Don’t Leave the Camera at Home

In Creative Process, Photography by Chris FoleyLeave a Comment

A million years ago, in a past life it seems, I was a professional musician. Music is a much different trip than photography, especially if you’re in a band. If you’re in a band that’s really going for it (writing a lot, playing every show you can get, recording whenever and wherever you can, etc.) you tend to meet a lot of other musicians. In fact, as a touring musician, one can’t seem to take 10 steps in any direction without bumping into other musicians, and in these circumstances, one tends to hear a lot of advice. Regardless of whether or not one was seeking said advice.

One piece of unsolicited advice I can remember receiving (more than once, as it turns out) was to never leave the house without a tape recorder. Mind you, back in 1994, a tape recorder (Google the term kids; it was once a very important accessory) was a bulky affair and generally a pain in the ass to carry around in your backpack. The point behind this advice of course is that creativity hits you in its own damned good time and not on your schedule. If you’re on the road, or even on lunch break at your day job you could suddenly have a killer melody downloaded on you, or a lyric; a clever turn of phrase, and you certainly don’t want to lose that.

When once I was handed this piece of advice I can remember dismissing it as a rather ridiculous idea. Nah, that’s too much trouble.

“You don’t take your career as a musician very seriously, then.”

My would-be mentor wandered away at that point, presumably to go record some genius idea into his big-ass Radio Shack tape recorder. I was left perturbed by this.

“FUCK that guy,” I thought. “What does he know about me and my goals?!”

Well, guess what.. he was right.

The most innovative and inventive musicians I know are never without some way to record ideas, and sheesh, in this day and age your full-on travel studio is only an iPad away.

I didn’t realize how right he was until after I had given up my aspirations of being a professional musician and had opened up a recording studio, working as a producer instead. And then I got to be the guy telling younger musicians to always carry a (what had evolved into) a digital recorder with them. Some of them were receptive to this bit of hand-me-down advice, though I’m sure more than one of them rolled their eyes at me later in exactly the same way I’d rolled my eyes at the “old guy” suggesting they should manage their art responsibly.

I no longer write or perform music, and I no longer produce or engineer music for others, but my current career path is still a very creative one. There’s the web work I do and there’s photography. Photography is not the group sport that music tends to be, and one could go one’s entire life without bumping into another photographer, at least on a professional level. Sure, everywhere you look there’s a person with a camera around their neck, but I’m talking about somebody who takes the art seriously.. at least as seriously as you do.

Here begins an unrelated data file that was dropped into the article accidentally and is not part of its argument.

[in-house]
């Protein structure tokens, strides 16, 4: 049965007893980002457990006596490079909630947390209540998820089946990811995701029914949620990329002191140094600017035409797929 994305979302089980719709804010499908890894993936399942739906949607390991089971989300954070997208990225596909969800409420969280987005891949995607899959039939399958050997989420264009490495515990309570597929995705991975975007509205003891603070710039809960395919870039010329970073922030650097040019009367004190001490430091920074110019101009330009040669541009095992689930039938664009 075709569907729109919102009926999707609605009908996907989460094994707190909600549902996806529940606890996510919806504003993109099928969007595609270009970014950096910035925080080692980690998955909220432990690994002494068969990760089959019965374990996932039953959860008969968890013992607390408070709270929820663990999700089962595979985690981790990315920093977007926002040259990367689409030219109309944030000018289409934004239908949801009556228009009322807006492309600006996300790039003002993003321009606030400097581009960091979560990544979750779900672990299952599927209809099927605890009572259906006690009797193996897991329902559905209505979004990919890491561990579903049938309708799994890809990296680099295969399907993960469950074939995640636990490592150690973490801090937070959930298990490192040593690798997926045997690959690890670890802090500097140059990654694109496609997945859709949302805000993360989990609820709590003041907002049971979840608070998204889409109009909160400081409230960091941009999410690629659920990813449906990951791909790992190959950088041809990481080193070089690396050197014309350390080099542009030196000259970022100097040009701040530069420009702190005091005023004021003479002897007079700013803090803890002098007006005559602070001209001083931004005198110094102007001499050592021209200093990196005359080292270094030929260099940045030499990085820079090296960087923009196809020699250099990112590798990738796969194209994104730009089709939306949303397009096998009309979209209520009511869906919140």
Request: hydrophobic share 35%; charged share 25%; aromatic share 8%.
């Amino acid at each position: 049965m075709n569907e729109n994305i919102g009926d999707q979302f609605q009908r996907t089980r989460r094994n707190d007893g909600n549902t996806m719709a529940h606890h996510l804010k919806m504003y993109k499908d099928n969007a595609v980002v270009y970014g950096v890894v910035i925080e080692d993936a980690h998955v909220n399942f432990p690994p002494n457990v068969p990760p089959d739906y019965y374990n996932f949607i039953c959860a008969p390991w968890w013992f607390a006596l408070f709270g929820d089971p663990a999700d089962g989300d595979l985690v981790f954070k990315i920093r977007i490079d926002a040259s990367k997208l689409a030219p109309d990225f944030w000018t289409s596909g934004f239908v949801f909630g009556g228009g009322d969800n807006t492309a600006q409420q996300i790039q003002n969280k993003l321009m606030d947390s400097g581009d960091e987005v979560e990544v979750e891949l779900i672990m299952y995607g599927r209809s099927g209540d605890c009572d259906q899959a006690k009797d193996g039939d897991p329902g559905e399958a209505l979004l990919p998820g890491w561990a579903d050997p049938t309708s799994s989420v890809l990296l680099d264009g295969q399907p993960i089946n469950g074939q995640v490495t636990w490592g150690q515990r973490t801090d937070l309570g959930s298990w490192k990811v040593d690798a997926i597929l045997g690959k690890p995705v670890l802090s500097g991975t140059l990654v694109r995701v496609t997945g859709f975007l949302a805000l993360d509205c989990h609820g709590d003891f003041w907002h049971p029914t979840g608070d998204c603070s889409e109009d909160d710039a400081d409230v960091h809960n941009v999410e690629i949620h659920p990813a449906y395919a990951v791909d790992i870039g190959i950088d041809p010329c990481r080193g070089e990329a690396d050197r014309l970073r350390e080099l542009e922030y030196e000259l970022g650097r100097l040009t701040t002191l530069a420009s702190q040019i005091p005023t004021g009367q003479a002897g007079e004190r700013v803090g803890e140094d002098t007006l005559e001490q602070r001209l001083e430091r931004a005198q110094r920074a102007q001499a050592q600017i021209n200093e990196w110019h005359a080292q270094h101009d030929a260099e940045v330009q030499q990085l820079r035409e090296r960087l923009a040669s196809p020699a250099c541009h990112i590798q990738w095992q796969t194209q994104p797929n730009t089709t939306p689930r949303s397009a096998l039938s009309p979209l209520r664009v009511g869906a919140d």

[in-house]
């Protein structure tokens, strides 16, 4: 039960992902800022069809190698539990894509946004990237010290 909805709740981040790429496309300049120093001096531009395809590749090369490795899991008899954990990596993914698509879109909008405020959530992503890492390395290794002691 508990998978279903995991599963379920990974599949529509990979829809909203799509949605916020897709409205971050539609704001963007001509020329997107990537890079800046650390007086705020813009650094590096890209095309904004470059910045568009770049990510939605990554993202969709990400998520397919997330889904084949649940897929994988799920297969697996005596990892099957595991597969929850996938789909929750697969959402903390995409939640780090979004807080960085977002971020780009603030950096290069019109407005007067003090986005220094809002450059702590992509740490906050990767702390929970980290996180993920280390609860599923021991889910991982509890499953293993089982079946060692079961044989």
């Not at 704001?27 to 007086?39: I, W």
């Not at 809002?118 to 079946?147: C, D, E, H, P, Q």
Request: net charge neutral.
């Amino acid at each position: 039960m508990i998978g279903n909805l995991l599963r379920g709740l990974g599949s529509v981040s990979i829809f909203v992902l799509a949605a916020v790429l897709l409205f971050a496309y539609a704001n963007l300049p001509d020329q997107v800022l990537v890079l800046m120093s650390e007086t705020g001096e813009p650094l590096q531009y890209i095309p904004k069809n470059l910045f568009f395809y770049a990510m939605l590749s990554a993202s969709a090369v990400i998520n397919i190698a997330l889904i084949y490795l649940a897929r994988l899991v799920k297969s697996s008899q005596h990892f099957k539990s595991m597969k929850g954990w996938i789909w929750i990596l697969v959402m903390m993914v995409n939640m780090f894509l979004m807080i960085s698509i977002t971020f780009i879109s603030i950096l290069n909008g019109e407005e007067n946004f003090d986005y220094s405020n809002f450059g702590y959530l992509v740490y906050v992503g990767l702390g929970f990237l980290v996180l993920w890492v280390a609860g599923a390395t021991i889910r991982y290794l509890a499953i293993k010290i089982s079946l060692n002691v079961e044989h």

So now I’m going to be that guy again once more and tell you that bit of what is now obviously priceless advice.

Don’t Leave the House Without a Camera

You just never know when something in the world will scream to be captured, documented. You never know when a lightning bolt of creativity will descend upon you from on high. Bring your camera. This is one of the 10 Photography Rules I learned in 2014 and really took to heart.

Trust me on this one. Keep it in the trunk if you like, or have a second body that lives in the map box, but the one rule is that you’ve got to be able to exercise some creative control over the camera. No smartphone, no point and click. A real camera that you would use to make a real photograph. Really.

I might go so far as to say that if you don’t have a camera with you when you go out, you just aren’t taking your career as a photographer seriously.

It rained today in Santa Barbara, which is unusual enough, but the sky got really interesting right around sunset. The color of the ocean was unique, and the quality of light was very unusual. I happened to be driving home from some appointment or another and stopped to make these photographs. No, nothing from this series is going to win any awards, but I have them now, and the way that the clouds and the light are in these shots aren’t something I can just pop out and capture at my convenience. I’m sure glad I had my camera with me, even though I only had this one fisheye lens.

Carry a camera with you, and make the best images you can with the tools you have.


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